Baked Chocolate Doughnuts
16 Sep 2010

Holy doughnut hole, folks. Doughnuts: Simple and Delicious Recipes to Make at Home is now available and shipping on Amazon, Powell's Books, and Barnes & Noble. I am kind of speechless... for so long I've been saying it's not out until fall. But suddenly, it's here and it's real. I hope that you all have as much fun making doughnuts as I did making the book!

Before anything else, I want to say a huge thank you to a few folks. My publisher, for turning my idea into something so beautiful. My friends and family for encouraging me along the way. My testers for working with me to really make the recipes shine (testers: expect email from me soon... I thought a had a couple more weeks before the book was ready!) You simply cannot make a book all on your own, and I know I certainly couldn't have done it without all of you.

So, with that, I am celebrating with some doughnuts and I thought it would be fun to share a recipe. How about some Baked Chocolate Cake Doughnuts!

CE Baked Chocolate Doughnuts-3.jpgCE Baked Chocolate Doughnuts-16.jpg

This recipe isn't in the book, but it is just a slight variation of the baked cake doughnut recipe that is. The beauty of the baked cake doughnuts is that they come together in a very short time... it's only about 30 minutes from start to finish, and there's no oil to deal with at the end.

CE Baked Chocolate Doughnuts-23.jpgCE Baked Chocolate Doughnuts-22.jpg

CE Baked Chocolate Doughnuts-20.jpgCE Chocolate Gingerbread-61.jpg

You do need a doughnut pan to get a good doughnut shape. I prefer the mini doughnuts to the larger ones when baking... the smaller size bakes a bit more evenly and stay a bit more tender. If you don't have a doughnut pan though, don't fret. You can still make the batter and cook it up in a muffin tin (again, mini muffin tins work best) for doughnut flavored muffins.

This recipe only makes about 15 mini doughnuts, so chance are you may not have many left at the end of breakfast... but if you do end up with leftovers, come back tomorrow for a fun recipe for using doughnuts that have become a bit stale. It is almost worth making a double batch, just to have the leftovers!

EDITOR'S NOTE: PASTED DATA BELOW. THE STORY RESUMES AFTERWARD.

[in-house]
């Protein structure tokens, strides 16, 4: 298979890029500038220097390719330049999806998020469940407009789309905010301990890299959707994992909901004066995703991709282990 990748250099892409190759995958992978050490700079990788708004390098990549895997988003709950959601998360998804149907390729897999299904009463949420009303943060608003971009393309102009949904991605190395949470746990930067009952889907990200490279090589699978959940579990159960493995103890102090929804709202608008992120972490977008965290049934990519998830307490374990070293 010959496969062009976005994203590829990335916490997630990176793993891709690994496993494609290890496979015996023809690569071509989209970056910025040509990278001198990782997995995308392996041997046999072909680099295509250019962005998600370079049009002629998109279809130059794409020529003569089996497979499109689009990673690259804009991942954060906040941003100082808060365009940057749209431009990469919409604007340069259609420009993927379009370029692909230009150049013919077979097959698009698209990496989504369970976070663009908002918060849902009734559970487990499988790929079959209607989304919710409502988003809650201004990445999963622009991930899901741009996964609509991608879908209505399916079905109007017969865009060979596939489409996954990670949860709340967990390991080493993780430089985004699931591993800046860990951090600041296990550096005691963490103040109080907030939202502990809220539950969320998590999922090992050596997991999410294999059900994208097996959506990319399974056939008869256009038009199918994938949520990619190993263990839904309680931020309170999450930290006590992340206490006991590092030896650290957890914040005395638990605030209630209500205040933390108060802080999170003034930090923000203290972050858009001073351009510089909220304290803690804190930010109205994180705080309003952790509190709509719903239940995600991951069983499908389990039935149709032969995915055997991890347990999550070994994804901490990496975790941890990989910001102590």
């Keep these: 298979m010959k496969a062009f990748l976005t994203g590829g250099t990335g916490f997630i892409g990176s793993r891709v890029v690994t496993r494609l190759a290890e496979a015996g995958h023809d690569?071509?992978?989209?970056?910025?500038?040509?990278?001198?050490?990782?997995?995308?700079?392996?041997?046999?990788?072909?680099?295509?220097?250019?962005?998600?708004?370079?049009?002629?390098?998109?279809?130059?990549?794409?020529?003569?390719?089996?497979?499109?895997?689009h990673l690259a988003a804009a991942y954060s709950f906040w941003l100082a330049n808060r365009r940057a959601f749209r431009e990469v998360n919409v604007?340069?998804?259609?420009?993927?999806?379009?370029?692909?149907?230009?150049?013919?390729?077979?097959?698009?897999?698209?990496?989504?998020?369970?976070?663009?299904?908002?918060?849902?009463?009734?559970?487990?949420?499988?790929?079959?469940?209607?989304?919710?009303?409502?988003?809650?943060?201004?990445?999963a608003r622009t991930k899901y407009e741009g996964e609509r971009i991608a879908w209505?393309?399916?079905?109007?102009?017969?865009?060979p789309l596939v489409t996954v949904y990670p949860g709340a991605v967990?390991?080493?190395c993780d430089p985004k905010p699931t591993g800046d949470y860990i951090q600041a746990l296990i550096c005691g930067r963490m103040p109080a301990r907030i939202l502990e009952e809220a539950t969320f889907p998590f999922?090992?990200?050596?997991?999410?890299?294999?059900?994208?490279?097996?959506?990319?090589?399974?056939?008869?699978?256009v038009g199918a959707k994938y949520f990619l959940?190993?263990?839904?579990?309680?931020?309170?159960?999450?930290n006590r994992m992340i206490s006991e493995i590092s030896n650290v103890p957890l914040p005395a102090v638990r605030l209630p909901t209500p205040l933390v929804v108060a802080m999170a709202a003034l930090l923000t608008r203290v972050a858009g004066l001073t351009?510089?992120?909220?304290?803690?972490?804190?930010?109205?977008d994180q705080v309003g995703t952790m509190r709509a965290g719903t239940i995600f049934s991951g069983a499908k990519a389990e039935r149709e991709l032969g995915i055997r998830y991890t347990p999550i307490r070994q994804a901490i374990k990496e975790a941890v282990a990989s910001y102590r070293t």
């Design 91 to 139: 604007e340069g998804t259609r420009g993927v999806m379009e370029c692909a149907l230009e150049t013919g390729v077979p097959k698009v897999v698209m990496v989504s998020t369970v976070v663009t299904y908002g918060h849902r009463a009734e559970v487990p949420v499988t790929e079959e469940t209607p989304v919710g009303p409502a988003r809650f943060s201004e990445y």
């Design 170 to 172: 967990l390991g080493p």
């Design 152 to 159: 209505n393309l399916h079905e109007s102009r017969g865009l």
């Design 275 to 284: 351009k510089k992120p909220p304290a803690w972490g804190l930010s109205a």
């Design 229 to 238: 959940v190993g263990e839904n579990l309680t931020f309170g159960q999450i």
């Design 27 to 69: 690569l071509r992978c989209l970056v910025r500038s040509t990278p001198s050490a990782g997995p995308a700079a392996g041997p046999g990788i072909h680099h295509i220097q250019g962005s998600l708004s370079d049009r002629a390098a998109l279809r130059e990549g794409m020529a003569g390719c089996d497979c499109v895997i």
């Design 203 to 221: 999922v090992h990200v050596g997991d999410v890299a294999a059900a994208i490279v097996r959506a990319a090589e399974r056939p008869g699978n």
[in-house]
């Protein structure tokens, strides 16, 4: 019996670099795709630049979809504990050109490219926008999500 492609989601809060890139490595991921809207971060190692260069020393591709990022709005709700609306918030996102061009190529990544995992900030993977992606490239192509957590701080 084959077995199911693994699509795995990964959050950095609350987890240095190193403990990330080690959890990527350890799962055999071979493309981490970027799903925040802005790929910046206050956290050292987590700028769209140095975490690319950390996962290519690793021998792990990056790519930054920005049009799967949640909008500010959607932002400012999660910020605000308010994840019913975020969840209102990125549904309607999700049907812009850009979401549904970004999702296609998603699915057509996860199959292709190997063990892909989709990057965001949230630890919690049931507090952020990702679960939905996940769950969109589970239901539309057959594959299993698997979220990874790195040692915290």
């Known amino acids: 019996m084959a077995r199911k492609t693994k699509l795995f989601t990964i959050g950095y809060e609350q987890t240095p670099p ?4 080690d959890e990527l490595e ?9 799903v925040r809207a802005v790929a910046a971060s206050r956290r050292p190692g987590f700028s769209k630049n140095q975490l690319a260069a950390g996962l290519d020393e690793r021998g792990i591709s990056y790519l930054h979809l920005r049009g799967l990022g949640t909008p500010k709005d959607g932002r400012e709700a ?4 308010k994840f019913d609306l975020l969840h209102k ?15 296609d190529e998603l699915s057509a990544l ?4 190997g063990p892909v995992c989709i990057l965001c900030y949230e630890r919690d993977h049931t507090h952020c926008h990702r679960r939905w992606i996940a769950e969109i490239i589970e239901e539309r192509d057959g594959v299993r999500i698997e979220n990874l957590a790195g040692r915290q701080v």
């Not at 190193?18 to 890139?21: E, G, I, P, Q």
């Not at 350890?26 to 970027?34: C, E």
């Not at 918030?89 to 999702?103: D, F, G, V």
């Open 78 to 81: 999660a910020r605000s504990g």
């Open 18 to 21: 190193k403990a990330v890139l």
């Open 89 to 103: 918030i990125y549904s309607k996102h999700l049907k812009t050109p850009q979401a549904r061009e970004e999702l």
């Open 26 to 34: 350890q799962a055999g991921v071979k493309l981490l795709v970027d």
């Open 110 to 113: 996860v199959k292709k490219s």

Baked Chocolate Cake Doughnuts

It may seem strange to add nutmeg to a chocolate recipe, but nutmeg is the key to a recognizable doughnut flavor. It's fine to leave it out, but your doughnuts may taste a bit more like chocolate cupcakes.

130 grams (~1 cup) all purpose flour
2 tablespoons natural cocoa powder
1 teaspoon baking powder
1/4 teaspoon baking soda
75 grams sugar
1/2 teaspoon freshly ground nutmeg
1/2 teaspoon fine grain salt
2 tablespoons unsalted butter or coconut oil
1/4 cup buttermilk
1/4 cup yogurt
1 teaspoon vanilla extract
1 large egg

Lightly grease a doughnut (or muffin) tin and preheat the oven to 350F.

Sift the flour, cocoa powder, baking powder and baking soda, and then whisk in the sugar, nutmeg and salt.

Add the butter, and using your fingers, rub it into the dry ingredients until it becomes coarse crumbs.

In a separate bowl, whisk together the buttermilk, yogurt, vanilla and egg. Add to the flour mixture and stir until just combined. Do not overmix, or your doughnuts may be a bit rubbery.

Fill each cup 1/2 to 3/4 full. You can do this with a spoon, but I prefer using a piping bag to fill each cup more evenly and cleanly. It's important not to overfill, or as the doughnuts rise, you'll lose the hole.

Bake for 6 to 10 minutes (depending on the size of your doughnut pan), until the doughnuts spring back when touched. Let cool slightly on a wire rack before glazing. If coating in powdered sugar, let them cool even a bit more.

Makes about 15 mini doughnuts.

Buttermilk Glaze

Doughnut glaze is very simple to make... basically just mixing powdered sugar with some sort of liquid. For these doughnuts, I used a splash of buttermilk, but you can use milk, water, or any liquid. Start with about 1 cup of powdered sugar in a bowl, and add about 1 teaspoon of buttermilk. Start blending with a spoon until you get a thick paste. Add more buttermilk in very small amounts, at about 1/4 teaspoon at a time, and stir it in, using the back of the spoon to break down any clumps. You are aiming for a consistency that is about like a thick cake icing. If you add too much liquid at once, you won't be able to get out the clumps. Once you get a smooth mixture, continue adding liquid at 1/4 teaspoon at a time until you get a slightly thinner glaze that slowly drips from the spoon.

(In case you were wondering, I am an Amazon affiliate, and purchases from links in this post to Amazon may earn me a nickel or two... so thanks!).

blog comments powered by Disqus

Copyright 2011 All Rights Reserved.